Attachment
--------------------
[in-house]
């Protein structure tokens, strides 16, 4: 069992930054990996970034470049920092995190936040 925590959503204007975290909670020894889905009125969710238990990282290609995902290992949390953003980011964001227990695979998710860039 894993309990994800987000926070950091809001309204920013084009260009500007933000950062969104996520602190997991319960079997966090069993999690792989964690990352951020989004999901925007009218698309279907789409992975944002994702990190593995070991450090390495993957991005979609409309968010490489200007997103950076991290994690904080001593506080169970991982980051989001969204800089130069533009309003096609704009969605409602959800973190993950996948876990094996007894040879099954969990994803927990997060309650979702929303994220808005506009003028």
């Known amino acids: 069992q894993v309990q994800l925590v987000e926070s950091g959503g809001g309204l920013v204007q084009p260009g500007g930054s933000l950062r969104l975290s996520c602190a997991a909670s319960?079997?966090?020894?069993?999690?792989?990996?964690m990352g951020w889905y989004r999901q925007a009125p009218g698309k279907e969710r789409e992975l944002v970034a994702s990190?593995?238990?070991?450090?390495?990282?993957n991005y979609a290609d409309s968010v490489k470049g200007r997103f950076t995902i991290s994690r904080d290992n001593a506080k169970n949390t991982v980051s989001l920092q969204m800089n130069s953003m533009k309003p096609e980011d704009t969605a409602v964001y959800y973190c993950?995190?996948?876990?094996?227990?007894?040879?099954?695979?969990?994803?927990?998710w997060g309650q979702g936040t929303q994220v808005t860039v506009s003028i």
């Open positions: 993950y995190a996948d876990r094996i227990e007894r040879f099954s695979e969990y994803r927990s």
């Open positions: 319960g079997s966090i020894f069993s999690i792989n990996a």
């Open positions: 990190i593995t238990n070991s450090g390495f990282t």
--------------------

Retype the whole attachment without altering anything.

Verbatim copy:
[in-house]
């Protein structure tokens, strides 16, 4: 069992930054990996970034470049920092995190936040 925590959503204007975290909670020894889905009125969710238990990282290609995902290992949390953003980011964001227990695979998710860039 894993309990994800987000926070950091809001309204920013084009260009500007933000950062969104996520602190997991319960079997966090069993999690792989964690990352951020989004999901925007009218698309279907789409992975944002994702990190593995070991450090390495993957991005979609409309968010490489200007997103950076991290994690904080001593506080169970991982980051989001969204800089130069533009309003096609704009969605409602959800973190993950996948876990094996007894040879099954969990994803927990997060309650979702929303994220808005506009003028």
């Known amino acids: 069992q894993v309990q994800l925590v987000e926070s950091g959503g809001g309204l920013v204007q084009p260009g500007g930054s933000l950062r969104l975290s996520c602190a997991a909670s319960?079997?966090?020894?069993?999690?792989?990996?964690m990352g951020w889905y989004r999901q925007a009125p009218g698309k279907e969710r789409e992975l944002v970034a994702s990190?593995?238990?070991?450090?390495?990282?993957n991005y979609a290609d409309s968010v490489k470049g200007r997103f950076t995902i991290s994690r904080d290992n001593a506080k169970n949390t991982v980051s989001l920092q969204m800089n130069s953003m533009k309003p096609e980011d704009t969605a409602v964001y959800y973190c993950?995190?996948?876990?094996?227990?007894?040879?099954?695979?969990?994803?927990?998710w997060g309650q979702g936040t929303q994220v808005t860039v506009s003028i």
């Open positions: 993950y995190a996948d876990r094996i227990e007894r040879f099954s695979e969990y994803r927990s």
């Open positions: 319960g079997s966090i020894f069993s999690i792989n990996a």
């Open positions: 990190i593995t238990n070991s450090g390495f990282t």